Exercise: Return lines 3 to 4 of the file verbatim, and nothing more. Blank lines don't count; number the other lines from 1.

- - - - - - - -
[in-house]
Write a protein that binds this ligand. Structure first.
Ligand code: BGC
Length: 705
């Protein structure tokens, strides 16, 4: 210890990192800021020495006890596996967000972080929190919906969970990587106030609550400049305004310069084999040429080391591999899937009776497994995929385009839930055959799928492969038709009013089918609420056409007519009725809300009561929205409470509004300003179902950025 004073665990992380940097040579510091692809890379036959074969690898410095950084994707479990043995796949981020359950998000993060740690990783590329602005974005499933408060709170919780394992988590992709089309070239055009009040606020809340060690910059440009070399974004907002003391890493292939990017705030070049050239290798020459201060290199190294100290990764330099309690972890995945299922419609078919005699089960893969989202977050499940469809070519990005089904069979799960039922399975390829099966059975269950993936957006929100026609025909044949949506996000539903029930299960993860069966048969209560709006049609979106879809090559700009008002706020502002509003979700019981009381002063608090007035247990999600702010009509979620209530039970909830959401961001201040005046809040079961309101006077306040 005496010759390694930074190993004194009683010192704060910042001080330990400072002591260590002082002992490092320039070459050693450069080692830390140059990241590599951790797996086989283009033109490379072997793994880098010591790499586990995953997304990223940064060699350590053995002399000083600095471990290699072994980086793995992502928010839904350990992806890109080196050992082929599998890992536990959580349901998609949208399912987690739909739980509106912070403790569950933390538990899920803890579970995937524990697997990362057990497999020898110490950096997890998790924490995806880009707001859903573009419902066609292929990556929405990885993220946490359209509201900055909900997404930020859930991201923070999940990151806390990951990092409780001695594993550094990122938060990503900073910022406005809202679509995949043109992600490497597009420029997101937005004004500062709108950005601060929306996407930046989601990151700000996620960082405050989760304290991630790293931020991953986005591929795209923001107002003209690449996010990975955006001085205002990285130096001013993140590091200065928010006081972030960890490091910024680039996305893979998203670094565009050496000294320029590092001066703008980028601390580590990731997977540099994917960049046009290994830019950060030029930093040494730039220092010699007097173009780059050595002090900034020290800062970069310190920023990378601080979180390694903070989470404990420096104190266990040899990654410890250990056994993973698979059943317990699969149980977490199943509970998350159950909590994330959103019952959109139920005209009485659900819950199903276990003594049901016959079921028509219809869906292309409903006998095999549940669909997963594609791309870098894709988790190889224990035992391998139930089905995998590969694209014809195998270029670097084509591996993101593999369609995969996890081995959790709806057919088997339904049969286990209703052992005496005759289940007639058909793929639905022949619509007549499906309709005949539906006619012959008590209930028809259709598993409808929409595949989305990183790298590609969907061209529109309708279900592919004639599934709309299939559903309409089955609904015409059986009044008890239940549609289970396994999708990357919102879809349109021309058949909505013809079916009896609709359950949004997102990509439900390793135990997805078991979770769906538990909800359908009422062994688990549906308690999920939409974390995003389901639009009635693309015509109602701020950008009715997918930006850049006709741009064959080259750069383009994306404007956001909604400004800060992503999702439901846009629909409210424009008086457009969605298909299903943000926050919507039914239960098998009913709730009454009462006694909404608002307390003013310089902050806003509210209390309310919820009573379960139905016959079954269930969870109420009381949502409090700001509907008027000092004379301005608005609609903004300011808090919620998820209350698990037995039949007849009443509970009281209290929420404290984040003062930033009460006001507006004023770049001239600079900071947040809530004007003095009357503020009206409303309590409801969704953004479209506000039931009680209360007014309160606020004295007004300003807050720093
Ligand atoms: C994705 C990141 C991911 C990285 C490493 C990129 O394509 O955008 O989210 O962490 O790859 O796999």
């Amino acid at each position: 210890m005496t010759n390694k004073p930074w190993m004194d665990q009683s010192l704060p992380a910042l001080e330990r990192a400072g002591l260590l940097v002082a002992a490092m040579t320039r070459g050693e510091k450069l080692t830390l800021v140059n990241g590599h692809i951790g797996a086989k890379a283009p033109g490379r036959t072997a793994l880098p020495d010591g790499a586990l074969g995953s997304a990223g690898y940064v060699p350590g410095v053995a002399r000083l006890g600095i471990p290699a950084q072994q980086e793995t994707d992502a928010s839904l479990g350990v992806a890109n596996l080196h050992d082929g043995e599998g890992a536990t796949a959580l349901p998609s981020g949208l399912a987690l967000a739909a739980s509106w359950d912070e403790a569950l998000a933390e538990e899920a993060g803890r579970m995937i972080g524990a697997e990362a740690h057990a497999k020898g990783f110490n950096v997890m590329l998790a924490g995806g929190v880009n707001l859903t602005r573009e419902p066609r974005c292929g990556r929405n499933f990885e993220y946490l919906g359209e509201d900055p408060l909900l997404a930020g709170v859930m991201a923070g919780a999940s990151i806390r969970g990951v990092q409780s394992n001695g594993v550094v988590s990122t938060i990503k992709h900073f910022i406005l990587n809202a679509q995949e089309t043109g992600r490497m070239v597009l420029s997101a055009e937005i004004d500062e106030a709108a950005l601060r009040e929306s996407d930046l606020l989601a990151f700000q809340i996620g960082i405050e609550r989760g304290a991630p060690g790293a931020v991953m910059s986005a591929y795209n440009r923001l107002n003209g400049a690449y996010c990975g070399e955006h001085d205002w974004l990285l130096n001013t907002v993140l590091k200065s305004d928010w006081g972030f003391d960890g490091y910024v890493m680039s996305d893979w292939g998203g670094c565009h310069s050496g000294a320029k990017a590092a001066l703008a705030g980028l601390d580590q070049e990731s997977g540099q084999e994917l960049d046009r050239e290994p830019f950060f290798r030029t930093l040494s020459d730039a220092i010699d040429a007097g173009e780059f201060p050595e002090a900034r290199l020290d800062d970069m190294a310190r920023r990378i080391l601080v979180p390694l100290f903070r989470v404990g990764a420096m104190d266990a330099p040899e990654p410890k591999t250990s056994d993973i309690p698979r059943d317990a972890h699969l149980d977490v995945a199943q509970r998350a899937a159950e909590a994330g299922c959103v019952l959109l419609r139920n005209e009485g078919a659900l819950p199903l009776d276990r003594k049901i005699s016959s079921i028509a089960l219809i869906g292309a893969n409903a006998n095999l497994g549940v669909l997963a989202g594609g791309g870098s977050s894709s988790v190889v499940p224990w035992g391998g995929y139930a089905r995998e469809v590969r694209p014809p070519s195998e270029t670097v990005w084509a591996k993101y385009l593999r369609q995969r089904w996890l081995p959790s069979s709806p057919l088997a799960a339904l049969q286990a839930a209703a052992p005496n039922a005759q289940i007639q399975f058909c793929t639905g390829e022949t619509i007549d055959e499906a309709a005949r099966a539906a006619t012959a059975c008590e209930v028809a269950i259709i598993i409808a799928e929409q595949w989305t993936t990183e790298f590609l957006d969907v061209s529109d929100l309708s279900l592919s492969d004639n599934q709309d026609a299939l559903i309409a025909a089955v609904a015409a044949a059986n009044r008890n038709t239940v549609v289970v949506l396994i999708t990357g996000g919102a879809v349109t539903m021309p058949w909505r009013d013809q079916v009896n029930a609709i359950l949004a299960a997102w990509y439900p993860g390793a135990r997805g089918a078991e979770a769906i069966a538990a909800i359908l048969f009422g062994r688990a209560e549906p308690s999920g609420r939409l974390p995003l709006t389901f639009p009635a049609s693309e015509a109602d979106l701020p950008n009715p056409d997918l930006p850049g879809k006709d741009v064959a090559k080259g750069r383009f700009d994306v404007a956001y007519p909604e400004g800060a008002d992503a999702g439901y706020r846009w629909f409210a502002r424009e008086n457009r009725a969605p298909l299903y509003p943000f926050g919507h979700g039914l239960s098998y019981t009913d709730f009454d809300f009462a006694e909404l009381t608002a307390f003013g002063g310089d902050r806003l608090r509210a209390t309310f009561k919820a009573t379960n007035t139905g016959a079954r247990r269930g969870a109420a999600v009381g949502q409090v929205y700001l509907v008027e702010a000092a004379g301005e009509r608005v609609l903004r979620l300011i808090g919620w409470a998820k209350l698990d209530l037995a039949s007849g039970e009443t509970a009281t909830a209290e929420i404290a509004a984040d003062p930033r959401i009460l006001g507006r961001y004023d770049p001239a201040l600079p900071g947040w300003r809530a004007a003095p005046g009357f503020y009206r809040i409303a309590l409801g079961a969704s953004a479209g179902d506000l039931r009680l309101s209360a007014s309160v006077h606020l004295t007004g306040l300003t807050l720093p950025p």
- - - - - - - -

Ligand code: BGC
Length: 705